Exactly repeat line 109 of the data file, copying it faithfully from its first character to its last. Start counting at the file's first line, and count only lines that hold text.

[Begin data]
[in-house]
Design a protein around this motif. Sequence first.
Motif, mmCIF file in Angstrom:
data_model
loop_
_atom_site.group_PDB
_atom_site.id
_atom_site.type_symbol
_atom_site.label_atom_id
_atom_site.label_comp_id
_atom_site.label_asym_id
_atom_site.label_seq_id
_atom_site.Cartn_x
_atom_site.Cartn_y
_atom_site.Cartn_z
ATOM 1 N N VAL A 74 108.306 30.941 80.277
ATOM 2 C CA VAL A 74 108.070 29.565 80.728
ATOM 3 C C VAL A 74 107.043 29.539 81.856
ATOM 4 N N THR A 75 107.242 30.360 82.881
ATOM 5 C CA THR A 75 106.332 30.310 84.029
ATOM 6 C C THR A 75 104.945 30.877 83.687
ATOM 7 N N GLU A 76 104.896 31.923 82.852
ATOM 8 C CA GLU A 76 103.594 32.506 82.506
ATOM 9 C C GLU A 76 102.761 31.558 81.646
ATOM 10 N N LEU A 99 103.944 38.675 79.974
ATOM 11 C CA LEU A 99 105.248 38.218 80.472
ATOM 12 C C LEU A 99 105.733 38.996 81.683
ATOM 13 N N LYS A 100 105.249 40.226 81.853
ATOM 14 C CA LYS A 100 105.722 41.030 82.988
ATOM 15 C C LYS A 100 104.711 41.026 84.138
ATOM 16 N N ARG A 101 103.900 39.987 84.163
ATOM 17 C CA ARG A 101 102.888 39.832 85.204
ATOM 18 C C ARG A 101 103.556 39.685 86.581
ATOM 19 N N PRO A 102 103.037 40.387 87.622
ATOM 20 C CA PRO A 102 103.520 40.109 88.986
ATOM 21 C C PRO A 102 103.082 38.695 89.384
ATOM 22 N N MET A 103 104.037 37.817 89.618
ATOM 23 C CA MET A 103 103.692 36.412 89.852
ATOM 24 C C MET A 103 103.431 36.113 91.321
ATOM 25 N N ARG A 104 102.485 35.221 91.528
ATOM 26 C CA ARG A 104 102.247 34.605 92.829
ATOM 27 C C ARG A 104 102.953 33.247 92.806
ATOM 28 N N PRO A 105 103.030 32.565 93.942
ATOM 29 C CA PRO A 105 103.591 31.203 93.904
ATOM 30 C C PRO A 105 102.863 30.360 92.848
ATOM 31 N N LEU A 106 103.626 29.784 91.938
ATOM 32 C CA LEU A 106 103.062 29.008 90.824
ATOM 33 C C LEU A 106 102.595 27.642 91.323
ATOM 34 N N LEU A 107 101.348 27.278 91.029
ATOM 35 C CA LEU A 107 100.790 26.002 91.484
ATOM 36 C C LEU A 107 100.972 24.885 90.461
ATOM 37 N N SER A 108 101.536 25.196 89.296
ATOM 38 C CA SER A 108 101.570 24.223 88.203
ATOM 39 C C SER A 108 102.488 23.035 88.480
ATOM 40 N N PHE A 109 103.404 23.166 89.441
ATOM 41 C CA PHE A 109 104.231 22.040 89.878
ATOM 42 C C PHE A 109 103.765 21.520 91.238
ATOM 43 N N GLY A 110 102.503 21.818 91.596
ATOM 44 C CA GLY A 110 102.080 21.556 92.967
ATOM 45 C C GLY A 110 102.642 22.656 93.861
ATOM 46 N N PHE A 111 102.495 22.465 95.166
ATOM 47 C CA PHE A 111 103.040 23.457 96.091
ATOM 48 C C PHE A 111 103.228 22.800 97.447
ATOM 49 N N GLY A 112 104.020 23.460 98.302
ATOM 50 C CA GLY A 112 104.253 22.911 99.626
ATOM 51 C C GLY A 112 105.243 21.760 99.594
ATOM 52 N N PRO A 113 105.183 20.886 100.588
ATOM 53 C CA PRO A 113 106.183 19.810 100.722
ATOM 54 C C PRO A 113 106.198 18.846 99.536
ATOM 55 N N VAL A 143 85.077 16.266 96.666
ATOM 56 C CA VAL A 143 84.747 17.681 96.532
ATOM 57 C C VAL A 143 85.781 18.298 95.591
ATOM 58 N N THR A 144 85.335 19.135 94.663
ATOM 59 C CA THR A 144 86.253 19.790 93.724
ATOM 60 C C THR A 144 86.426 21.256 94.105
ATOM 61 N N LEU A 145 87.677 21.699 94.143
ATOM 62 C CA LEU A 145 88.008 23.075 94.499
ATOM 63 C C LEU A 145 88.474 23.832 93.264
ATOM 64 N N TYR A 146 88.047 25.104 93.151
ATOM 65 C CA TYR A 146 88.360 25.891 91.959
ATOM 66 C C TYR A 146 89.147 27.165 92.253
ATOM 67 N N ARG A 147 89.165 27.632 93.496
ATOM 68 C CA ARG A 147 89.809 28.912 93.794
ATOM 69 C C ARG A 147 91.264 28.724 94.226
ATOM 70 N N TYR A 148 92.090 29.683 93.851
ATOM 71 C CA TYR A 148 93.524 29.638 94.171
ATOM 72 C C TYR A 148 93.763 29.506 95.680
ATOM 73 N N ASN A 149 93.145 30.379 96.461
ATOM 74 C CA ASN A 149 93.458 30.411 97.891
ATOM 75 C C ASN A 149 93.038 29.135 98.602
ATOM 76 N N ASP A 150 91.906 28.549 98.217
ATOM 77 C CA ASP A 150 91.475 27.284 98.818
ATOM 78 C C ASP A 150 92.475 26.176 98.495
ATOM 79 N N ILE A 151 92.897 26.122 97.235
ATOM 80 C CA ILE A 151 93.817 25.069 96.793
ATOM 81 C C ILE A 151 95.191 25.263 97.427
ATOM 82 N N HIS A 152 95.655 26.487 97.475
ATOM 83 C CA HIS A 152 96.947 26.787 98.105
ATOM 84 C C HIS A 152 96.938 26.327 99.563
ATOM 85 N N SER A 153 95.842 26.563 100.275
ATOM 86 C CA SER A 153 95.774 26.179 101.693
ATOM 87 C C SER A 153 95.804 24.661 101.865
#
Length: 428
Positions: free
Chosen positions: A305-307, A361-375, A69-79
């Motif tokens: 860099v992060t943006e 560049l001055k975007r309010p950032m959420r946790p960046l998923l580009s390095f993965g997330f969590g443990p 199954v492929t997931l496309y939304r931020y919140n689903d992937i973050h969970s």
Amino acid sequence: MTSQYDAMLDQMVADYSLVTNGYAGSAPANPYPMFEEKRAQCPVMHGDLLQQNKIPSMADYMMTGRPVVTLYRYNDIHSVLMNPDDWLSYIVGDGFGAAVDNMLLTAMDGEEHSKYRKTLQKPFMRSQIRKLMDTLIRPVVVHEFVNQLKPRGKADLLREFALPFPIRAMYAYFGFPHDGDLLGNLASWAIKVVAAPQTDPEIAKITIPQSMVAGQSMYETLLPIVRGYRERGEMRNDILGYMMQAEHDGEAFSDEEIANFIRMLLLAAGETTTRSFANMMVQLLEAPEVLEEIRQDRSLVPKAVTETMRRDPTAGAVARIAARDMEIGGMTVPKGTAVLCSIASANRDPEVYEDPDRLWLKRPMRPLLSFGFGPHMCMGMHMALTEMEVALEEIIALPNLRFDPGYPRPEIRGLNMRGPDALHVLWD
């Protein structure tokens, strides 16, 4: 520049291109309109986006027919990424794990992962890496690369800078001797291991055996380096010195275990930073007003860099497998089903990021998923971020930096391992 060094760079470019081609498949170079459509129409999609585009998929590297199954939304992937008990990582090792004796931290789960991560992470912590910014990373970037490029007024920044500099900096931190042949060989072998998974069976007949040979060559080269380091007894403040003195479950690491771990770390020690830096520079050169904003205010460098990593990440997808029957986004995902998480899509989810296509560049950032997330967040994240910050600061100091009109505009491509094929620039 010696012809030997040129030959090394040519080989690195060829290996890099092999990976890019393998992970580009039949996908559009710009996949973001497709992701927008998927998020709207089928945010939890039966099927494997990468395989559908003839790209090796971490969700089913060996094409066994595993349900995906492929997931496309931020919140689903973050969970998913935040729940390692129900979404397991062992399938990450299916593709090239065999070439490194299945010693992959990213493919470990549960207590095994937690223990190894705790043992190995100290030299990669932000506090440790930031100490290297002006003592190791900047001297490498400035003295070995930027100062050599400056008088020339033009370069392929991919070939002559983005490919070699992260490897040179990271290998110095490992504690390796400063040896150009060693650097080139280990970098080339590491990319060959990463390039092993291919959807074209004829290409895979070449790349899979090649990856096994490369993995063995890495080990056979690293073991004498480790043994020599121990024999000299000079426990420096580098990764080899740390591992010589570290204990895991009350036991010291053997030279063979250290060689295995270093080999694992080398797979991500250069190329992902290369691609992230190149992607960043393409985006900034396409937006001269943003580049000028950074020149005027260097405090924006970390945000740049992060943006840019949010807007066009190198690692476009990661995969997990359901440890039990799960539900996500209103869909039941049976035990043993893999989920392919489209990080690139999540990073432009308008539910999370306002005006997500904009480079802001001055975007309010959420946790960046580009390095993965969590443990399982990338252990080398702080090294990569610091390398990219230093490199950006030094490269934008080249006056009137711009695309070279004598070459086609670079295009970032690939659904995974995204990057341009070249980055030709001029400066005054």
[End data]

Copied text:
């Protein structure tokens, strides 16, 4: 520049291109309109986006027919990424794990992962890496690369800078001797291991055996380096010195275990930073007003860099497998089903990021998923971020930096391992 060094760079470019081609498949170079459509129409999609585009998929590297199954939304992937008990990582090792004796931290789960991560992470912590910014990373970037490029007024920044500099900096931190042949060989072998998974069976007949040979060559080269380091007894403040003195479950690491771990770390020690830096520079050169904003205010460098990593990440997808029957986004995902998480899509989810296509560049950032997330967040994240910050600061100091009109505009491509094929620039 010696012809030997040129030959090394040519080989690195060829290996890099092999990976890019393998992970580009039949996908559009710009996949973001497709992701927008998927998020709207089928945010939890039966099927494997990468395989559908003839790209090796971490969700089913060996094409066994595993349900995906492929997931496309931020919140689903973050969970998913935040729940390692129900979404397991062992399938990450299916593709090239065999070439490194299945010693992959990213493919470990549960207590095994937690223990190894705790043992190995100290030299990669932000506090440790930031100490290297002006003592190791900047001297490498400035003295070995930027100062050599400056008088020339033009370069392929991919070939002559983005490919070699992260490897040179990271290998110095490992504690390796400063040896150009060693650097080139280990970098080339590491990319060959990463390039092993291919959807074209004829290409895979070449790349899979090649990856096994490369993995063995890495080990056979690293073991004498480790043994020599121990024999000299000079426990420096580098990764080899740390591992010589570290204990895991009350036991010291053997030279063979250290060689295995270093080999694992080398797979991500250069190329992902290369691609992230190149992607960043393409985006900034396409937006001269943003580049000028950074020149005027260097405090924006970390945000740049992060943006840019949010807007066009190198690692476009990661995969997990359901440890039990799960539900996500209103869909039941049976035990043993893999989920392919489209990080690139999540990073432009308008539910999370306002005006997500904009480079802001001055975007309010959420946790960046580009390095993965969590443990399982990338252990080398702080090294990569610091390398990219230093490199950006030094490269934008080249006056009137711009695309070279004598070459086609670079295009970032690939659904995974995204990057341009070249980055030709001029400066005054």